Decline in Surface Melt Duration on Larsen C Ice Shelf Revealed by ASCAT Scatterometer

Suzanne Bevan, Adrian Luckman, Peter Kuipers Munneke, Bryn Hubbard, Bernd Kulessa, David Ashmore

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Surface melting has been contributing to the surface lowering and loss of firn air content on Larsen C Ice Shelf since at least the mid 1990s. Where the amount of melting and refreezing is significant, the firn can become impermeable and begin to support ponds of surface meltwater such as have been implicated in ice‐shelf collapse. Although meteorological station data indicated an increase in melt on the Antarctic Peninsula over the second half of the 20th century, the existing Ku‐band QuikSCAT scatterometer timeseries is too short (1999–2009) to detect any signifcant 21st century trends. Here we investigate a longer 21st century period by extending the timeseries to 2017 using the C‐band ASCAT scatterometer. We validate our recent observations with in‐situ weather station data and, using a firn percolation model, explore the sensitivity of scatterometry to water at varying depths in the firn. We find that active microwave C‐band (5.6 cm wavelength) instruments can detect water at depths of up to 0.75 m below a frozen firn layer. Our longer scatterometry timeseries reveals that Larsen C Ice Shelf has experienced a decrease in melt season length of 1–2 days per year over the past 18 years consistent with decreasing summer air temperatures. Only in western inlets, where föhn winds drive melt, has the annual melt duration increased during this period.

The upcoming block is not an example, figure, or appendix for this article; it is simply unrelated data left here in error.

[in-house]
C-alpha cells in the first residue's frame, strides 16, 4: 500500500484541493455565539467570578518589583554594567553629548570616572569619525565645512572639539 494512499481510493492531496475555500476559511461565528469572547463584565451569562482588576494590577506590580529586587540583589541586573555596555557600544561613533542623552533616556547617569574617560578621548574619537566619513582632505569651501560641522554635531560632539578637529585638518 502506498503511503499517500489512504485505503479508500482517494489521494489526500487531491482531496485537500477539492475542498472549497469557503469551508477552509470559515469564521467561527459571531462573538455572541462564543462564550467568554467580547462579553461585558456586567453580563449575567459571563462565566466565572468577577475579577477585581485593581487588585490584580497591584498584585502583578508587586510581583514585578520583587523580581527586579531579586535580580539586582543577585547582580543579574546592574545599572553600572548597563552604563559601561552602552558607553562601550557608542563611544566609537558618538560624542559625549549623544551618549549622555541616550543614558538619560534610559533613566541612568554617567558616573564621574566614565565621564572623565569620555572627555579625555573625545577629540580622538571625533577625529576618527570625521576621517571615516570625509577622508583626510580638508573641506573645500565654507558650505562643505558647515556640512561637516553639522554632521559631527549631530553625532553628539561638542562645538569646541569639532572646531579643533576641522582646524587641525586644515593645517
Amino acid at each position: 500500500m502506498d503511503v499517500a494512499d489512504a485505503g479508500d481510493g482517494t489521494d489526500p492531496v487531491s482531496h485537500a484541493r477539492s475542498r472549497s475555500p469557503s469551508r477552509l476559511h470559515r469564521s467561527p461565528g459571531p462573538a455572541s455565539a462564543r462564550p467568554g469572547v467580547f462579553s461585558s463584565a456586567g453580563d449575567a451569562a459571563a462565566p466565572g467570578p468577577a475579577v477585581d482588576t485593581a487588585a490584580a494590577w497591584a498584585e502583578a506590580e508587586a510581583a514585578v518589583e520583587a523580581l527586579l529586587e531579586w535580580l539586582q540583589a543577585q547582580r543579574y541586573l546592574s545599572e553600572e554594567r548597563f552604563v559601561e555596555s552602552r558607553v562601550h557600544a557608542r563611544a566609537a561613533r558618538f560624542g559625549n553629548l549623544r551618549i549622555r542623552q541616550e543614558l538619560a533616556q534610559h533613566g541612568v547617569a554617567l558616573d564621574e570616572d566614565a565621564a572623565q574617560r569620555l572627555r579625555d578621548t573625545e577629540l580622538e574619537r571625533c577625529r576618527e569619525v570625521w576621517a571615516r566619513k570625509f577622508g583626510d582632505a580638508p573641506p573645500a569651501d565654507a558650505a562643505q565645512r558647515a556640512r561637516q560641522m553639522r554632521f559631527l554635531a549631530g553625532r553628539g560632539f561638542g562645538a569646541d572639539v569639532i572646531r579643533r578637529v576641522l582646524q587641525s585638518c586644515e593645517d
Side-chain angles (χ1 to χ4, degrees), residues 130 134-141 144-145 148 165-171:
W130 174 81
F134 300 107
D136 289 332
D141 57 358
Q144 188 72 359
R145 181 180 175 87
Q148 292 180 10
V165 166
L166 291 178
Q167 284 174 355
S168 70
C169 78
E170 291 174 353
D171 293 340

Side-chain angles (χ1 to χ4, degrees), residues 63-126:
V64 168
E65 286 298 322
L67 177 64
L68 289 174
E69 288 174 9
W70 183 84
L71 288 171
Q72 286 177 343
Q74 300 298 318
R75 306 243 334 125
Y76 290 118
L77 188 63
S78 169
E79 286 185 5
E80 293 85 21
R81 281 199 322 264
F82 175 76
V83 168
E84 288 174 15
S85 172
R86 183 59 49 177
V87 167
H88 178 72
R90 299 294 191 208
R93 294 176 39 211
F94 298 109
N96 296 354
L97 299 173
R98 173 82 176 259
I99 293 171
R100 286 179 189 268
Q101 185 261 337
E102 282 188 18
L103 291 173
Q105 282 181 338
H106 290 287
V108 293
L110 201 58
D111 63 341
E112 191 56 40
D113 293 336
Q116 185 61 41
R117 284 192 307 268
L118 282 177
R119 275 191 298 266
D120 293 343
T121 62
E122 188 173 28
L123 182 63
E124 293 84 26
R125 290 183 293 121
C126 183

Plain Language Summary
Antarctic ice shelves form where ice flows from the land and goes afloat on the sea. In recent decades, ice shelves along the Antarctic Peninsula have been disintegrating. Loss of an ice shelf allows faster flow of the land‐based ice to the oceans and adds to sea‐level rise. One possible cause of ice‐shelf break‐up is increased surface melting; it is therefore important to monitor melt and the best way to do this is from space. We can detect melt from space using microwaves which are scattered back to the space‐borne instrument from the surface. A wet snow surface produces much lower backscatter than a dry one. We investigate trends in the number of days per year when Larsen C ice‐shelf on the Antarctic Peninsula experiences surface melting, using data from a new microwave instrument. On most of the ice shelf, the number of melt days each year has fallen by 1 or 2 days per year since 1999, consistent with decreasing summer air temperatures in this region. However, close to the mountains where the ice shelf is formed the number of melt days is increasing. These locations are where mountain winds known as föhn produce localized increases in surface temperatures
Original languageEnglish
Pages (from-to)578-591
JournalEarth and Space Science
Issue number10
Early online date13 Sept 2018
Publication statusPublished - 03 Oct 2018


  • Antarctic ice shelves
  • surface melt trends
  • C-band microwave depth penetration
  • QuikSCAT and ASCAT


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